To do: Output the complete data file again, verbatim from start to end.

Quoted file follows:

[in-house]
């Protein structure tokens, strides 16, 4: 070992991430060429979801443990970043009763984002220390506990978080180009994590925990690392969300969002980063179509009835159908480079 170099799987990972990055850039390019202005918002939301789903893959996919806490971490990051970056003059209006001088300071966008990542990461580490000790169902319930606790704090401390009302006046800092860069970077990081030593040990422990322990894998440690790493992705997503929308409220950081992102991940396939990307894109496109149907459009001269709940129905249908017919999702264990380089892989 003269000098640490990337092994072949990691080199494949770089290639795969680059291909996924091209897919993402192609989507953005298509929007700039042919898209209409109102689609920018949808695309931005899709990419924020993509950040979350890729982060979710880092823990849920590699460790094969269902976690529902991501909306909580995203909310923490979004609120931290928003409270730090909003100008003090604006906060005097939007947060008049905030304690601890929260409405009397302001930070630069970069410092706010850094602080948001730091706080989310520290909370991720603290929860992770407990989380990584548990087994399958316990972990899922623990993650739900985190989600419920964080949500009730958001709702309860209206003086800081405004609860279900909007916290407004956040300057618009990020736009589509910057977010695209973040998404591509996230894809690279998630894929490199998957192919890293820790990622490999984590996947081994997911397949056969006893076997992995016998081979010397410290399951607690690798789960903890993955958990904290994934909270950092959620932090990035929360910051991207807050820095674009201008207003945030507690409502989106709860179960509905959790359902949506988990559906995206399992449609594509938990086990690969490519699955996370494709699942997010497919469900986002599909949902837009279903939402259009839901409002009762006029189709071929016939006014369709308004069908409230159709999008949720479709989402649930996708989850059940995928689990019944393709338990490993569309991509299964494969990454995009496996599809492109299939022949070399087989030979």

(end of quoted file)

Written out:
[in-house]
């Protein structure tokens, strides 16, 4: 070992991430060429979801443990970043009763984002220390506990978080180009994590925990690392969300969002980063179509009835159908480079 170099799987990972990055850039390019202005918002939301789903893959996919806490971490990051970056003059209006001088300071966008990542990461580490000790169902319930606790704090401390009302006046800092860069970077990081030593040990422990322990894998440690790493992705997503929308409220950081992102991940396939990307894109496109149907459009001269709940129905249908017919999702264990380089892989 003269000098640490990337092994072949990691080199494949770089290639795969680059291909996924091209897919993402192609989507953005298509929007700039042919898209209409109102689609920018949808695309931005899709990419924020993509950040979350890729982060979710880092823990849920590699460790094969269902976690529902991501909306909580995203909310923490979004609120931290928003409270730090909003100008003090604006906060005097939007947060008049905030304690601890929260409405009397302001930070630069970069410092706010850094602080948001730091706080989310520290909370991720603290929860992770407990989380990584548990087994399958316990972990899922623990993650739900985190989600419920964080949500009730958001709702309860209206003086800081405004609860279900909007916290407004956040300057618009990020736009589509910057977010695209973040998404591509996230894809690279998630894929490199998957192919890293820790990622490999984590996947081994997911397949056969006893076997992995016998081979010397410290399951607690690798789960903890993955958990904290994934909270950092959620932090990035929360910051991207807050820095674009201008207003945030507690409502989106709860179960509905959790359902949506988990559906995206399992449609594509938990086990690969490519699955996370494709699942997010497919469900986002599909949902837009279903939402259009839901409002009762006029189709071929016939006014369709308004069908409230159709999008949720479709989402649930996708989850059940995928689990019944393709338990490993569309991509299964494969990454995009496996599809492109299939022949070399087989030979």